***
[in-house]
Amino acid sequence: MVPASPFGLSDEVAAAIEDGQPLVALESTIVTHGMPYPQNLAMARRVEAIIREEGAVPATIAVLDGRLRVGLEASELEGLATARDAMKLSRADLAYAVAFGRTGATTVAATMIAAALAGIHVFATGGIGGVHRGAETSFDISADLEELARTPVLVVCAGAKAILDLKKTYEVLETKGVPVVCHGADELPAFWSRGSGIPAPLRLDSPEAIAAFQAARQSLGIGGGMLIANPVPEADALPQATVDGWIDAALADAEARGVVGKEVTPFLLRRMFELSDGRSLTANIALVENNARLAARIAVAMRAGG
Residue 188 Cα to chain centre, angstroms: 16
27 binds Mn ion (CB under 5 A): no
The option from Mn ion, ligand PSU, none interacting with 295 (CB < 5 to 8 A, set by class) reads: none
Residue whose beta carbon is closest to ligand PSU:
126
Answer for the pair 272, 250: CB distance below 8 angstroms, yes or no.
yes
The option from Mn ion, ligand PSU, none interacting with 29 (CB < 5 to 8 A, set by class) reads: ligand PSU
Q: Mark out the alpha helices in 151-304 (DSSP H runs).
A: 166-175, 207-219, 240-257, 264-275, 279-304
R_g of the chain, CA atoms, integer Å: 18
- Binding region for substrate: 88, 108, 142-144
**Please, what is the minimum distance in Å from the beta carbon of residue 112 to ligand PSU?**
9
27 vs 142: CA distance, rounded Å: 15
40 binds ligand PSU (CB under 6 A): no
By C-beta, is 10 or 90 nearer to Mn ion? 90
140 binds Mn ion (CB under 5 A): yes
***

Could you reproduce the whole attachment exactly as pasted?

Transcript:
[in-house]
Amino acid sequence: MVPASPFGLSDEVAAAIEDGQPLVALESTIVTHGMPYPQNLAMARRVEAIIREEGAVPATIAVLDGRLRVGLEASELEGLATARDAMKLSRADLAYAVAFGRTGATTVAATMIAAALAGIHVFATGGIGGVHRGAETSFDISADLEELARTPVLVVCAGAKAILDLKKTYEVLETKGVPVVCHGADELPAFWSRGSGIPAPLRLDSPEAIAAFQAARQSLGIGGGMLIANPVPEADALPQATVDGWIDAALADAEARGVVGKEVTPFLLRRMFELSDGRSLTANIALVENNARLAARIAVAMRAGG
Residue 188 Cα to chain centre, angstroms: 16
27 binds Mn ion (CB under 5 A): no
The option from Mn ion, ligand PSU, none interacting with 295 (CB < 5 to 8 A, set by class) reads: none
Residue whose beta carbon is closest to ligand PSU:
126
Answer for the pair 272, 250: CB distance below 8 angstroms, yes or no.
yes
The option from Mn ion, ligand PSU, none interacting with 29 (CB < 5 to 8 A, set by class) reads: ligand PSU
Q: Mark out the alpha helices in 151-304 (DSSP H runs).
A: 166-175, 207-219, 240-257, 264-275, 279-304
R_g of the chain, CA atoms, integer Å: 18
- Binding region for substrate: 88, 108, 142-144
**Please, what is the minimum distance in Å from the beta carbon of residue 112 to ligand PSU?**
9
27 vs 142: CA distance, rounded Å: 15
40 binds ligand PSU (CB under 6 A): no
By C-beta, is 10 or 90 nearer to Mn ion? 90
140 binds Mn ion (CB under 5 A): yes